Think of what Geno Auriemma has built at UConn. Whether you follow the womens' team as ravenously each year as the men (I'll admit, I don't), you can't help but marvel at Geno's accomplishments.

Where's it written that Geno was destined to build a national power in womens' basketball ... at UConn? Seriously, think of how hard it is to make the womens' game credible and viable at a school, period. Now think of the likelihood of Auriemma not only doing that, but doing it in such a way where, in about a decade, it was a program on the level of what had been the gold standard in womens' basketball-Tennessee.

Auriemma built nothing into a contender, then a contender into a winner, then a winner into a dynasty. And with all due respect to Tennessee and Pat Summit (honestly mean that), it was UConn's rise that suddenly put womens' basketball on the map. Their rivalry with the Lady Vols, the personality of their coach, the interest it generated at the school and in the state suddenly got people's attention. I'll submit that, without Geno and UConn's womens' program, there's no Notre Dame, Stanford, or Baylor programs to talk about. Sorry, that's the truth.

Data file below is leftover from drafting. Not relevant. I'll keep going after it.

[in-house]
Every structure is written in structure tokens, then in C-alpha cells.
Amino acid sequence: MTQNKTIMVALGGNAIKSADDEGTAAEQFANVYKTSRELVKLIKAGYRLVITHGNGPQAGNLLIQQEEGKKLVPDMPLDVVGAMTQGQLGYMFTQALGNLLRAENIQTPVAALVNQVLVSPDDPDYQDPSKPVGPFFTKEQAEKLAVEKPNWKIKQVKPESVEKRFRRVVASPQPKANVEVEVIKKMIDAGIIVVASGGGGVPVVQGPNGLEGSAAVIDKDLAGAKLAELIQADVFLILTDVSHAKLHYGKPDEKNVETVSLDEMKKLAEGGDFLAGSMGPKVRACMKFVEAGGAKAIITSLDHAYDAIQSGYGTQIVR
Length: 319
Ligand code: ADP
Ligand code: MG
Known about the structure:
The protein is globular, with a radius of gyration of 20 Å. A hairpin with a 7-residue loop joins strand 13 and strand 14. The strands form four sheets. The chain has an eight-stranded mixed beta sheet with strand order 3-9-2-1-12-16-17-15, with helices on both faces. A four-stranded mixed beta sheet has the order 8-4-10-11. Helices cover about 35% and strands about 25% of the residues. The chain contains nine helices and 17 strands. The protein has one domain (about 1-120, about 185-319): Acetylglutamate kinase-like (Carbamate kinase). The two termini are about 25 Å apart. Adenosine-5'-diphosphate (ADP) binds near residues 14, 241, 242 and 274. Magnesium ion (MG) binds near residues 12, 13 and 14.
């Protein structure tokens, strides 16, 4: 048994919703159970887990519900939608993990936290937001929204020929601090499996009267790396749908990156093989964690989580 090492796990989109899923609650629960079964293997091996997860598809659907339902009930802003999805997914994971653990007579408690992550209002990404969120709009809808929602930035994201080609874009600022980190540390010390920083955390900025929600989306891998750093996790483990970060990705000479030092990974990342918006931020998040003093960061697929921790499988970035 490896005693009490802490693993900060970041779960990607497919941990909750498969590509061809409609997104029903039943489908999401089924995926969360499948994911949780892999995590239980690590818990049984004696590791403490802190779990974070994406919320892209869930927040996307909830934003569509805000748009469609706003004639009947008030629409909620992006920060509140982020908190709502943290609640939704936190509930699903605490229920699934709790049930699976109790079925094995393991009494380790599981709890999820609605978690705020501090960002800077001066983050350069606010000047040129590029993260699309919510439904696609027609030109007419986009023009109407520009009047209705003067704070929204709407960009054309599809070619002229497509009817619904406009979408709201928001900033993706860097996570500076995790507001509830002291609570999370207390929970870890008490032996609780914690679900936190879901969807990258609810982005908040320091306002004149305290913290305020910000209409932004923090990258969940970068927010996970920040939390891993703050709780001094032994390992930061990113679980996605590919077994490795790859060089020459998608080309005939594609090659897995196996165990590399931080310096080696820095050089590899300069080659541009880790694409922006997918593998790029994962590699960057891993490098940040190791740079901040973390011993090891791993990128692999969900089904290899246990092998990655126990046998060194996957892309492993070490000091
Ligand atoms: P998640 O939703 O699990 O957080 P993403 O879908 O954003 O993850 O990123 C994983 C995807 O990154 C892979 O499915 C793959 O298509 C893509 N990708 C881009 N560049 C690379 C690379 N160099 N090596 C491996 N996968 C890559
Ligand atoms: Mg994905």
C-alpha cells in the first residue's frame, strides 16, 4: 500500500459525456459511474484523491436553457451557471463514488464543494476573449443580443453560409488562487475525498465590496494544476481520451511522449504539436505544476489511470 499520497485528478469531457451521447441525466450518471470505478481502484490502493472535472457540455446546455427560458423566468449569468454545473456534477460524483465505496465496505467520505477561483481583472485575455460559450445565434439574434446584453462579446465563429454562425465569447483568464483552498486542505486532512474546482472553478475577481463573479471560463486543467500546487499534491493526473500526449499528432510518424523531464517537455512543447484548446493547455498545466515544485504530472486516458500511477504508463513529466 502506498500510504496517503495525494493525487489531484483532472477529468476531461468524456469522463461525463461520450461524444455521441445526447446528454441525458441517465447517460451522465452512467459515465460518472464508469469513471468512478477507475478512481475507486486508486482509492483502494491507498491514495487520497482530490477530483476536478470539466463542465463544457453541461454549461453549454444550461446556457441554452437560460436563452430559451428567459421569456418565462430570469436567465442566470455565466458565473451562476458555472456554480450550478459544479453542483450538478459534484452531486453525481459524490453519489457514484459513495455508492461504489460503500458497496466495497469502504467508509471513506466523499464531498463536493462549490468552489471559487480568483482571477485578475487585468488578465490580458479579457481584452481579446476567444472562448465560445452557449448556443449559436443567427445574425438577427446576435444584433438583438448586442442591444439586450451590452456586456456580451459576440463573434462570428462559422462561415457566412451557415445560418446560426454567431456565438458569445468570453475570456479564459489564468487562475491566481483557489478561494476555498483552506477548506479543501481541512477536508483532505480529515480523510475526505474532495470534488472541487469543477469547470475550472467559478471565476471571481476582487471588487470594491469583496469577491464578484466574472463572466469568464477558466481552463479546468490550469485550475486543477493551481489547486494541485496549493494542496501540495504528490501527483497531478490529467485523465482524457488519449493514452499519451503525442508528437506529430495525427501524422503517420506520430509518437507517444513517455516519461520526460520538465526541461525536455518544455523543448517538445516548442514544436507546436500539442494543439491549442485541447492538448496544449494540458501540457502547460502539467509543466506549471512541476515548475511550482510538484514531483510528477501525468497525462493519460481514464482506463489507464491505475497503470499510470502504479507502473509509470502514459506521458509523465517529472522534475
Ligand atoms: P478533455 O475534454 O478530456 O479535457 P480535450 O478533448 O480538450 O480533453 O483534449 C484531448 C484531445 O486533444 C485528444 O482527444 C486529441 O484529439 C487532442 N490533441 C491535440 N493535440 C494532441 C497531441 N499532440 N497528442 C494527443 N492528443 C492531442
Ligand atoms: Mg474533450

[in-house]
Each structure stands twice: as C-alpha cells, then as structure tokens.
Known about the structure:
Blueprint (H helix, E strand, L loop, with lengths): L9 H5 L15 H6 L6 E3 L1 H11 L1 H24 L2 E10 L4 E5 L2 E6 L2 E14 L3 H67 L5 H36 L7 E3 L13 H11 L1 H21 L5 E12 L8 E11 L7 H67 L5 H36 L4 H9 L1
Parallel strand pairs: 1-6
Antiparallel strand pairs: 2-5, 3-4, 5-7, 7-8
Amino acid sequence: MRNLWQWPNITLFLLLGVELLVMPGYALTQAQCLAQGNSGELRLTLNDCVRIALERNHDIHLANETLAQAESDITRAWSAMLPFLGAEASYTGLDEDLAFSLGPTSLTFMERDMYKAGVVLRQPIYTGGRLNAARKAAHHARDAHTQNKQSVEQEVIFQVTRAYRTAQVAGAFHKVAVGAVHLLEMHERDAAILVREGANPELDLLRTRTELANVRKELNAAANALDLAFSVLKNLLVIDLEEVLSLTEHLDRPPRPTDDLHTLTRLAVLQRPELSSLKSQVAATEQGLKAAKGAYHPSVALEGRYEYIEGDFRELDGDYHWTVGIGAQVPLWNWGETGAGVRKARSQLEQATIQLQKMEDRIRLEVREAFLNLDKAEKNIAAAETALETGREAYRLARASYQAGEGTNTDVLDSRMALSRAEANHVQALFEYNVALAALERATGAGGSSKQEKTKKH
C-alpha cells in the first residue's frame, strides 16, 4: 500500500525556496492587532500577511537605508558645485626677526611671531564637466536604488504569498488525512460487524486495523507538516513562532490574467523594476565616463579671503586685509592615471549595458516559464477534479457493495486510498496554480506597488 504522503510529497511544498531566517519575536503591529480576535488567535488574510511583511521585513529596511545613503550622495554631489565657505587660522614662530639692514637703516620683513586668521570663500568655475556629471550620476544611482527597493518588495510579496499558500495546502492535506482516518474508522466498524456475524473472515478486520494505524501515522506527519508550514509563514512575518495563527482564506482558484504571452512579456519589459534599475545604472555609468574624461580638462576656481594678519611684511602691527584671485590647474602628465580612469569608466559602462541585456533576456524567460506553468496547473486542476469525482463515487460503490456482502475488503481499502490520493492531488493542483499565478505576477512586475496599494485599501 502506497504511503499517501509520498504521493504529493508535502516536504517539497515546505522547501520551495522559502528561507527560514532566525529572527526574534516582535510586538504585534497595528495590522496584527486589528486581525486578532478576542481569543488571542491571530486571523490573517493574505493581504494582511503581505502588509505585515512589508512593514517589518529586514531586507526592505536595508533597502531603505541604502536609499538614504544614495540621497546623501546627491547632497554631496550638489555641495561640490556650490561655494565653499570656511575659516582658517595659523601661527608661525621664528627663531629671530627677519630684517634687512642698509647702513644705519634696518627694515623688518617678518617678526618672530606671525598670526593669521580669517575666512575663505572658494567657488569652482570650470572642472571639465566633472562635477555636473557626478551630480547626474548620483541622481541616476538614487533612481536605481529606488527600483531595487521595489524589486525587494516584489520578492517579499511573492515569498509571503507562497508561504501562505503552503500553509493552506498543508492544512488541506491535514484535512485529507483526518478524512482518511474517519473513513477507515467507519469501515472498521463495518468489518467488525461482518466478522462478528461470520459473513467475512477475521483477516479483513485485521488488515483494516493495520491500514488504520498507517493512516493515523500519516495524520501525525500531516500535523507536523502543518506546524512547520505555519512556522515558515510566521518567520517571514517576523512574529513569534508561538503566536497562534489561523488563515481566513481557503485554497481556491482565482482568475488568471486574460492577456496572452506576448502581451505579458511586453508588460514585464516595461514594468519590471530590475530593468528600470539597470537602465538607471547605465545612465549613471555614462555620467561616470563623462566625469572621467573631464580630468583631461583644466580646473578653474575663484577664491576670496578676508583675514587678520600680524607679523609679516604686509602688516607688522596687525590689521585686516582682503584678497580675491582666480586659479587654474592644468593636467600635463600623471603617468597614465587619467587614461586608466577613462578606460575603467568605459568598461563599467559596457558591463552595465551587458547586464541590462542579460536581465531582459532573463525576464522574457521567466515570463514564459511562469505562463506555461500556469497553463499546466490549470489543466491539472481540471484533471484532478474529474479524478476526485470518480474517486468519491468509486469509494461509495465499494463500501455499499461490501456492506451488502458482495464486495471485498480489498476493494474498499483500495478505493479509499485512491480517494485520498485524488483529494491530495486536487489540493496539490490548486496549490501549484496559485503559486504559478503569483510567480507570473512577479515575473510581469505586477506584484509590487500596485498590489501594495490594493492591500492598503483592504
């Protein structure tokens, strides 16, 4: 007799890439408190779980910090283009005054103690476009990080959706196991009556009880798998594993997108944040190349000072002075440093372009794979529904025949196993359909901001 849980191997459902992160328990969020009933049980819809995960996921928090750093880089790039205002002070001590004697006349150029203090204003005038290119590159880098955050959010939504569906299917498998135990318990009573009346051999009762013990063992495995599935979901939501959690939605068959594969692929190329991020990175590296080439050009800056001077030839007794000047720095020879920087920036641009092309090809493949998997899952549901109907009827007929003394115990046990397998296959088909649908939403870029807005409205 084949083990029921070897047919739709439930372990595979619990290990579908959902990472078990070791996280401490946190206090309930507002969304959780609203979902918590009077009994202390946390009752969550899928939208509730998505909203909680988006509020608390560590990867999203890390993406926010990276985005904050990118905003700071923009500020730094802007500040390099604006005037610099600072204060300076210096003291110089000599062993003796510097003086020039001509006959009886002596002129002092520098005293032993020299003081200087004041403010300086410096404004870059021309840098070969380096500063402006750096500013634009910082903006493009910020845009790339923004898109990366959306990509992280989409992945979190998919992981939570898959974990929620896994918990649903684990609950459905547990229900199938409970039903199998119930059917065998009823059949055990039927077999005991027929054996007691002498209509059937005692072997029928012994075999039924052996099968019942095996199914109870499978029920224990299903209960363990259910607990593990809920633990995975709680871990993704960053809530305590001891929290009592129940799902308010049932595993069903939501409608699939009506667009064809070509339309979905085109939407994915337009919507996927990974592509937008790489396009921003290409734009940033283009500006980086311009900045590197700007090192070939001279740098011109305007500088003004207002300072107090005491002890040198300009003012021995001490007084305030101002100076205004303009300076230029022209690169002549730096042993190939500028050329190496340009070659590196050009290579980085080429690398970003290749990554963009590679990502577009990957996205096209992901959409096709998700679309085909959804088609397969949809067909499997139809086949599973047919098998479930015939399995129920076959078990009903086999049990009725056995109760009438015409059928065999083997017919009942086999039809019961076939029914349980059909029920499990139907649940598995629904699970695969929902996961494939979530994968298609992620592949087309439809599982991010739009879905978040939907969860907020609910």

And that's what is so impressive about Geno. Not only did he build something, not only did he then dominate the sport, but now that some other programs NOT named Tennessee have stepped up to challenge UConn's spot on top of the mountain, he's still winning like it's just written in stone.


But, alas, nothing is more incredible than the mens' program. I won't bore anyone running through Jim Calhoun's history, but I will say that everyone who claims that this recent championship somehow diminishes the old ball coach's importance to the program is either lost or so wrapped up in hate for Calhoun they can't see straight.

Engineers build coliseums, not Brookstone kiosks at the local mall for the holiday season. Calhoun had always said he wanted to build something made to last. He wanted UConn to survive him.